The boy realized that whatever had passed over and released its energy beam in its eye-stunning blue burst had the power to create life. And the life it had created here, from the rusted and abandoned hulks, were either born from real creatures of the Gorgons’ domain, or from the imagination of an alien warlord. Bulky, muscular shapes began to rise up from the concrete. The boy was in their midst, among their clawed feet and legs that seethed with red and black spikes. Horned heads with multiple eyes and gaping mouths scanned the battleground, as the Cypher soldiers opened fire. The red coils of otherworldly flame flailed out, striking and burning the newborn and monstrous flesh. The creatures that were hit roared and yowled, shaking the earth, and others rushed forward with tremendous speed upon the soldiers. As the boy watched in stunned horror while the Gorgon creations struck left and right with spiked arms and claws into the mass of soldiers, he noted that one of the thickly-muscled beasts had a Denver Broncos decal on the reddish scales at juncture of shoulders and neck. It appeared to be just underneath the armored flesh, like the faded remnant of an earthly tattoo.

The soldiers fired their weapons, scaled flesh burned and smoking, the creatures crushed and tore apart and trampled the long slim figures in their black uniforms, and intestines that smelled of grasshopper juice flew through the air and splattered where they hit. One monster’s triple-horned head with six deepset crimson eyes burst into flame from a Cypher weapon, and the creature rampaged around the parking lot blindly striking out as its craggy face melted like gray wax. The Cyphers were being overwhelmed and crushed beneath the monsters, and some blurred away but a few remained standing their ground and firing into the beasts until they too were ripped to dripping shreds. Some on all fours and some on two legs, the creatures began to give pursuit after the retreating soldiers. Three dying Gorgon beasts lay on the concrete being eaten up by the Cypher flames, and they shrieked and beat futilely at the alien fire and tried to rise up from their impending deaths. One got to its knees, its burning triangular head on a thick stalk of a neck turned, and its ebony eyes found the boy, who crawled backwards away from the thing even as the eyes burned out, the flames rippled across its scales and spikes and it fell back upon the concrete with a gasp of life released.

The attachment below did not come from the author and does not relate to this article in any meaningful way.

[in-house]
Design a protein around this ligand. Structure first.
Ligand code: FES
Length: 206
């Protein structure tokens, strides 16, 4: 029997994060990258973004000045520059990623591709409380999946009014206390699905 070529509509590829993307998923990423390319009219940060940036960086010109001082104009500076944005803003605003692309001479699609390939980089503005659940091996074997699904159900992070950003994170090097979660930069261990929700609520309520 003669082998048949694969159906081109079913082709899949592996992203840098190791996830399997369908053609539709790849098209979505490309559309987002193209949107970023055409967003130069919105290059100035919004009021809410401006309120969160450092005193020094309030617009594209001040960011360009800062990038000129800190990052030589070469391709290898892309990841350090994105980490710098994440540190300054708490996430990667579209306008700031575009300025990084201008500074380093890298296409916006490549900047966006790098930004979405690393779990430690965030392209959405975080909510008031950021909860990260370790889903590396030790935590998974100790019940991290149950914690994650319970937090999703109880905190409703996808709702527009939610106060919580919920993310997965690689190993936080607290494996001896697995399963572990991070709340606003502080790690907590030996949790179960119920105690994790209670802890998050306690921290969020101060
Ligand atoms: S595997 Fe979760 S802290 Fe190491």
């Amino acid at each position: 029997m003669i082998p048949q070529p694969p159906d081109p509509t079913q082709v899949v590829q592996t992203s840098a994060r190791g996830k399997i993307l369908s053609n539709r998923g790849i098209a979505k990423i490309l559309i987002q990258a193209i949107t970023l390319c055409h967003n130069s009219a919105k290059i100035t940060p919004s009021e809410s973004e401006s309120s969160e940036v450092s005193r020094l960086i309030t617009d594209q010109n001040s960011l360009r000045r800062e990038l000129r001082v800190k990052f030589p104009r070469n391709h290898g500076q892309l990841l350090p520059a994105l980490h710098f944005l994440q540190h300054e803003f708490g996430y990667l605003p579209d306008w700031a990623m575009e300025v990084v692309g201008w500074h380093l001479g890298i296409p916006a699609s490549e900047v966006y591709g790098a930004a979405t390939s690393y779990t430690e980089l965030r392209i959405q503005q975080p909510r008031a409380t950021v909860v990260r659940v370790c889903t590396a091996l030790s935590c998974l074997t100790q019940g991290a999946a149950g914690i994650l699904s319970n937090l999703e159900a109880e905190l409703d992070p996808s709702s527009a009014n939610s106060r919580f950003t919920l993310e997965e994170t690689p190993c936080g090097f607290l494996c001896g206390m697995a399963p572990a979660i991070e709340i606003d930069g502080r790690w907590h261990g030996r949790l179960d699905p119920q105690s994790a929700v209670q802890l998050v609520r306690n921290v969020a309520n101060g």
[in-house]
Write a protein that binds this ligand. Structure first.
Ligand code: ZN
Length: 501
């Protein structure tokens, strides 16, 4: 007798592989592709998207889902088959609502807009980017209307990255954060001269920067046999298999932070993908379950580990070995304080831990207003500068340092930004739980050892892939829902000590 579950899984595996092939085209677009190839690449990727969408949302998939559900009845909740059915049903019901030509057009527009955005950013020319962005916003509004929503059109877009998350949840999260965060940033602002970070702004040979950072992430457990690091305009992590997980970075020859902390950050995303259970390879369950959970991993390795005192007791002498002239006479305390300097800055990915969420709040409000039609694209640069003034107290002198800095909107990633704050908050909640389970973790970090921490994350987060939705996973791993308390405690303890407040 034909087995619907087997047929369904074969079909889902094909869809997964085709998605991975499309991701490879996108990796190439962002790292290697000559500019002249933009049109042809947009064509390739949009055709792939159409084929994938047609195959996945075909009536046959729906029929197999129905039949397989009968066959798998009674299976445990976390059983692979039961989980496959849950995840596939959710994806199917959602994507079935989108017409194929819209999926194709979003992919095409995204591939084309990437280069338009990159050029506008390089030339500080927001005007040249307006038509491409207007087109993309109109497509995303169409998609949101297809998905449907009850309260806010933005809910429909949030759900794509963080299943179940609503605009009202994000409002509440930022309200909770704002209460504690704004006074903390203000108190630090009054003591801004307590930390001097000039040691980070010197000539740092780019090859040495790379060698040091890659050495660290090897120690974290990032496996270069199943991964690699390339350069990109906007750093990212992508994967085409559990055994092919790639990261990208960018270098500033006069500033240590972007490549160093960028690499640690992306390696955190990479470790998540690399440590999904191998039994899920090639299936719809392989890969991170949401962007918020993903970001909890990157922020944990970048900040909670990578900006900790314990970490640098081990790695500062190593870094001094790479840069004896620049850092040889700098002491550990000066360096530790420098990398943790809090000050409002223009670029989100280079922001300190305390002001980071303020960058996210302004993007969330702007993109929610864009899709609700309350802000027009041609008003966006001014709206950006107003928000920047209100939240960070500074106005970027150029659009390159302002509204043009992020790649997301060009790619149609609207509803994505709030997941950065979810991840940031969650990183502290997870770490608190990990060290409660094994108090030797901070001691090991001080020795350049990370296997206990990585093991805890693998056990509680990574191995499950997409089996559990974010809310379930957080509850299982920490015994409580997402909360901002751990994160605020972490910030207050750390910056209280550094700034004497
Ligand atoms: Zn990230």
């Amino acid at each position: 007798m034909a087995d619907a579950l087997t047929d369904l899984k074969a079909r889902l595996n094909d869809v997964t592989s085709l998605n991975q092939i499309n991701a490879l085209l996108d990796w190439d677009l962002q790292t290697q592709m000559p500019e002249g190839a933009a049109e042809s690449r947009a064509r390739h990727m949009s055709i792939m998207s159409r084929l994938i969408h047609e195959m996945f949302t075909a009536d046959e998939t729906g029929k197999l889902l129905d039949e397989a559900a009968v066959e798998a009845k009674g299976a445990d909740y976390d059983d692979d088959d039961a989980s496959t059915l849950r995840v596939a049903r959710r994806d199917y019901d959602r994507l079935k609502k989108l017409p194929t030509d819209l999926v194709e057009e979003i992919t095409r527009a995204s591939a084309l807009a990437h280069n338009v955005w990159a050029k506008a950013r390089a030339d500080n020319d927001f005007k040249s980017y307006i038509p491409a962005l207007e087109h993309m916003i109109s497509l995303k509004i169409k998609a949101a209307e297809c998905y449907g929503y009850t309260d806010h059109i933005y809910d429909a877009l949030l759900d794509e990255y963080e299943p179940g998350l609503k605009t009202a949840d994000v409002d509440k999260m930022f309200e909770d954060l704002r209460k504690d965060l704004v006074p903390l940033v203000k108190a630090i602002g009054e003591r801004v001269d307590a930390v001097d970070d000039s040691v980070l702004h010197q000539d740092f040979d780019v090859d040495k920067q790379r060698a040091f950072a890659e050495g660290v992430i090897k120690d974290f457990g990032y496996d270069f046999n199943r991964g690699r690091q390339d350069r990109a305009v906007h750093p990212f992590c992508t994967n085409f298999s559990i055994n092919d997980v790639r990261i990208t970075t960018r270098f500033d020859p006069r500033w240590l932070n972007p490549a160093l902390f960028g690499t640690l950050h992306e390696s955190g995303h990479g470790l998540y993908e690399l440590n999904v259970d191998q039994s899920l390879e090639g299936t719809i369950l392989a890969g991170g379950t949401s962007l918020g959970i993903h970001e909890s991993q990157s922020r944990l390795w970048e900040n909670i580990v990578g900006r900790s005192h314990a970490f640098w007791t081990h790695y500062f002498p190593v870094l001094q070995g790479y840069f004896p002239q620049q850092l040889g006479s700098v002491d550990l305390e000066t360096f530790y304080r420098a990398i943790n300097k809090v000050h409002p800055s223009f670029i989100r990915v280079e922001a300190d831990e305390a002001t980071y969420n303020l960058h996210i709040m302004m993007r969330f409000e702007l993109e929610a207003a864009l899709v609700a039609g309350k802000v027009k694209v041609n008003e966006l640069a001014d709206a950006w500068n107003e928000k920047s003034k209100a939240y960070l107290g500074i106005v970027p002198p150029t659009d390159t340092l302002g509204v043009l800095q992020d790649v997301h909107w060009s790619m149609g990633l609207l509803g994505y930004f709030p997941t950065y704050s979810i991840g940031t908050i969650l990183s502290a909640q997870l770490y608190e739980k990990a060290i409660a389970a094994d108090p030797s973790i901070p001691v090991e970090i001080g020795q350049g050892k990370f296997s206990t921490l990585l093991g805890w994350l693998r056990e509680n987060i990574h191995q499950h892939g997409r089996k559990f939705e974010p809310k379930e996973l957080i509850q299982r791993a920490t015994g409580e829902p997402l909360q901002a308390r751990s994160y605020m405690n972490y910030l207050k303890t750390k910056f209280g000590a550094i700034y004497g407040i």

The boy got up, staggering, and ran again.

David Ho
Robert McCammon
456 pages
United States
Out of Print